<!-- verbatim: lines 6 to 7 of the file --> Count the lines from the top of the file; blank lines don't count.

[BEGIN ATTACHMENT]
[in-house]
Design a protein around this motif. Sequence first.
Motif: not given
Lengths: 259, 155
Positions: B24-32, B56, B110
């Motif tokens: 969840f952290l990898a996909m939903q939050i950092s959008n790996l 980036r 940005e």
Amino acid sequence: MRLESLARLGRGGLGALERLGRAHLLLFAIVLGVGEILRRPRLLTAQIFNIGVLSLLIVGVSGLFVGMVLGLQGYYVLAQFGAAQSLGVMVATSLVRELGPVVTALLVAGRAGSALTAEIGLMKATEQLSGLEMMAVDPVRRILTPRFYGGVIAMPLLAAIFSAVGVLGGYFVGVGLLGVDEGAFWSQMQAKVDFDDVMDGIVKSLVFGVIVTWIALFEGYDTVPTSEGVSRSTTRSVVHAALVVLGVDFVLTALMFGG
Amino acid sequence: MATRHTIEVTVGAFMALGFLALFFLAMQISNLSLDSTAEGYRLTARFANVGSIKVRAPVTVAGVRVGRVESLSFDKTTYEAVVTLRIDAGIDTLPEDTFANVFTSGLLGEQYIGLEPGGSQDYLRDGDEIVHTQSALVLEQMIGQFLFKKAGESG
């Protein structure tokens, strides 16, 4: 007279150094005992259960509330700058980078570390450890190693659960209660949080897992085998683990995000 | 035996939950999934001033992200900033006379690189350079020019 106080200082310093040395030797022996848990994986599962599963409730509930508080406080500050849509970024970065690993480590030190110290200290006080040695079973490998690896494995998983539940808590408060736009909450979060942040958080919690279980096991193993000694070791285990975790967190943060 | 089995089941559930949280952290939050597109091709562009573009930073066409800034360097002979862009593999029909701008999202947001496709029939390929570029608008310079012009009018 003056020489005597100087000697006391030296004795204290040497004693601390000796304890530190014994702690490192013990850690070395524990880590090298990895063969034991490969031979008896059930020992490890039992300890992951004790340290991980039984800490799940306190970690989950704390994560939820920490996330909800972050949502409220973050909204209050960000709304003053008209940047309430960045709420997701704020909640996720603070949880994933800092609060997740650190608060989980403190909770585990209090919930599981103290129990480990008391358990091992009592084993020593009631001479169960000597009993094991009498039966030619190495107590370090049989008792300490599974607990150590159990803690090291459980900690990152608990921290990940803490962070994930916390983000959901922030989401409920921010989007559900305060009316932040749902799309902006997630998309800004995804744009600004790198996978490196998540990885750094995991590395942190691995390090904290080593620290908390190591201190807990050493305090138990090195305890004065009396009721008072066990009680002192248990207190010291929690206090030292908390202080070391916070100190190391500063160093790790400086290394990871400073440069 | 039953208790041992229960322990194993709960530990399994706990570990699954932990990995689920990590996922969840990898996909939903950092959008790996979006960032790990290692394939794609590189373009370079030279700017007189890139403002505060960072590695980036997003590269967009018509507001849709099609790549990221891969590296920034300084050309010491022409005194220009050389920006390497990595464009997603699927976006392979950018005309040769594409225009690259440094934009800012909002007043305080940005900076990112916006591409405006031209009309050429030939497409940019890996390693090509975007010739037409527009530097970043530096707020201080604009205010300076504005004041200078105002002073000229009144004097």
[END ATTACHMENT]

């Motif tokens: 969840f952290l990898a996909m939903q939050i950092s959008n790996l 980036r 940005e």
Amino acid sequence: MRLESLARLGRGGLGALERLGRAHLLLFAIVLGVGEILRRPRLLTAQIFNIGVLSLLIVGVSGLFVGMVLGLQGYYVLAQFGAAQSLGVMVATSLVRELGPVVTALLVAGRAGSALTAEIGLMKATEQLSGLEMMAVDPVRRILTPRFYGGVIAMPLLAAIFSAVGVLGGYFVGVGLLGVDEGAFWSQMQAKVDFDDVMDGIVKSLVFGVIVTWIALFEGYDTVPTSEGVSRSTTRSVVHAALVVLGVDFVLTALMFGG